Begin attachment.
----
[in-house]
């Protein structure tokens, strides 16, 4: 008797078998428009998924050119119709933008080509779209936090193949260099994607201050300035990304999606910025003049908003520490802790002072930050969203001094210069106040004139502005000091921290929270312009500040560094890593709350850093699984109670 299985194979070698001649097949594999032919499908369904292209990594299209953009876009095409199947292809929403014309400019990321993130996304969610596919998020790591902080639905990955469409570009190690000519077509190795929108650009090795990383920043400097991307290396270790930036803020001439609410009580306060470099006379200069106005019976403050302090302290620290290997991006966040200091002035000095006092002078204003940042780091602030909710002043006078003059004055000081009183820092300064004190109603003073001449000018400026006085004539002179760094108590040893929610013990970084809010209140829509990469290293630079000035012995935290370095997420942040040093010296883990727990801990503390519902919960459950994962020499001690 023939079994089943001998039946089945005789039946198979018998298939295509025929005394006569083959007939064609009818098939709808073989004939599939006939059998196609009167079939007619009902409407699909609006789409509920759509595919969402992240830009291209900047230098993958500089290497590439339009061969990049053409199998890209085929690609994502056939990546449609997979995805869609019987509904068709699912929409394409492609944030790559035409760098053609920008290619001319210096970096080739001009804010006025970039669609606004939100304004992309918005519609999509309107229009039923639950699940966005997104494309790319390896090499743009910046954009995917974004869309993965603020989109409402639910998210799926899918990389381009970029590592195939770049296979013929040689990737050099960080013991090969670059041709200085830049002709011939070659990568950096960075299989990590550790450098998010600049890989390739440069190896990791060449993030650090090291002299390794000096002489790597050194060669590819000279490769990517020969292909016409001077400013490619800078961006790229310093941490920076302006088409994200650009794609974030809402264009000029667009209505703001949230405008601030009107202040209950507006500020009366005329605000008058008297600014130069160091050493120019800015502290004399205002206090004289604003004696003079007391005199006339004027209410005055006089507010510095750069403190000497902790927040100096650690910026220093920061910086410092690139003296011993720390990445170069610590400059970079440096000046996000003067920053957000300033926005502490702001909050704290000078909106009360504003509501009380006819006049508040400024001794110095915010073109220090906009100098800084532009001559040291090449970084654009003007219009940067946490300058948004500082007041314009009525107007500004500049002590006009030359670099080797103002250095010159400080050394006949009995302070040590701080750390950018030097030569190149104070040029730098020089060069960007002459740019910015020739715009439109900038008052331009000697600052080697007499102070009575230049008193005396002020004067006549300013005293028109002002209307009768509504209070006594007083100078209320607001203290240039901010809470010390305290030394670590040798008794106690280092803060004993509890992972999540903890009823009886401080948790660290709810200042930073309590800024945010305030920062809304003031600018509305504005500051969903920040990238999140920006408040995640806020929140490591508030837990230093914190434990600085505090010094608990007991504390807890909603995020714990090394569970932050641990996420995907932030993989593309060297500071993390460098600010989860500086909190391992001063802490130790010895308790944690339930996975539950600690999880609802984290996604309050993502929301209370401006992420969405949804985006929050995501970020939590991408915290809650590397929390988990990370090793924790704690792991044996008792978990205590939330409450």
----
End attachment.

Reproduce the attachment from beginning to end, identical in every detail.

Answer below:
[in-house]
């Protein structure tokens, strides 16, 4: 008797078998428009998924050119119709933008080509779209936090193949260099994607201050300035990304999606910025003049908003520490802790002072930050969203001094210069106040004139502005000091921290929270312009500040560094890593709350850093699984109670 299985194979070698001649097949594999032919499908369904292209990594299209953009876009095409199947292809929403014309400019990321993130996304969610596919998020790591902080639905990955469409570009190690000519077509190795929108650009090795990383920043400097991307290396270790930036803020001439609410009580306060470099006379200069106005019976403050302090302290620290290997991006966040200091002035000095006092002078204003940042780091602030909710002043006078003059004055000081009183820092300064004190109603003073001449000018400026006085004539002179760094108590040893929610013990970084809010209140829509990469290293630079000035012995935290370095997420942040040093010296883990727990801990503390519902919960459950994962020499001690 023939079994089943001998039946089945005789039946198979018998298939295509025929005394006569083959007939064609009818098939709808073989004939599939006939059998196609009167079939007619009902409407699909609006789409509920759509595919969402992240830009291209900047230098993958500089290497590439339009061969990049053409199998890209085929690609994502056939990546449609997979995805869609019987509904068709699912929409394409492609944030790559035409760098053609920008290619001319210096970096080739001009804010006025970039669609606004939100304004992309918005519609999509309107229009039923639950699940966005997104494309790319390896090499743009910046954009995917974004869309993965603020989109409402639910998210799926899918990389381009970029590592195939770049296979013929040689990737050099960080013991090969670059041709200085830049002709011939070659990568950096960075299989990590550790450098998010600049890989390739440069190896990791060449993030650090090291002299390794000096002489790597050194060669590819000279490769990517020969292909016409001077400013490619800078961006790229310093941490920076302006088409994200650009794609974030809402264009000029667009209505703001949230405008601030009107202040209950507006500020009366005329605000008058008297600014130069160091050493120019800015502290004399205002206090004289604003004696003079007391005199006339004027209410005055006089507010510095750069403190000497902790927040100096650690910026220093920061910086410092690139003296011993720390990445170069610590400059970079440096000046996000003067920053957000300033926005502490702001909050704290000078909106009360504003509501009380006819006049508040400024001794110095915010073109220090906009100098800084532009001559040291090449970084654009003007219009940067946490300058948004500082007041314009009525107007500004500049002590006009030359670099080797103002250095010159400080050394006949009995302070040590701080750390950018030097030569190149104070040029730098020089060069960007002459740019910015020739715009439109900038008052331009000697600052080697007499102070009575230049008193005396002020004067006549300013005293028109002002209307009768509504209070006594007083100078209320607001203290240039901010809470010390305290030394670590040798008794106690280092803060004993509890992972999540903890009823009886401080948790660290709810200042930073309590800024945010305030920062809304003031600018509305504005500051969903920040990238999140920006408040995640806020929140490591508030837990230093914190434990600085505090010094608990007991504390807890909603995020714990090394569970932050641990996420995907932030993989593309060297500071993390460098600010989860500086909190391992001063802490130790010895308790944690339930996975539950600690999880609802984290996604309050993502929301209370401006992420969405949804985006929050995501970020939590991408915290809650590397929390988990990370090793924790704690792991044996008792978990205590939330409450």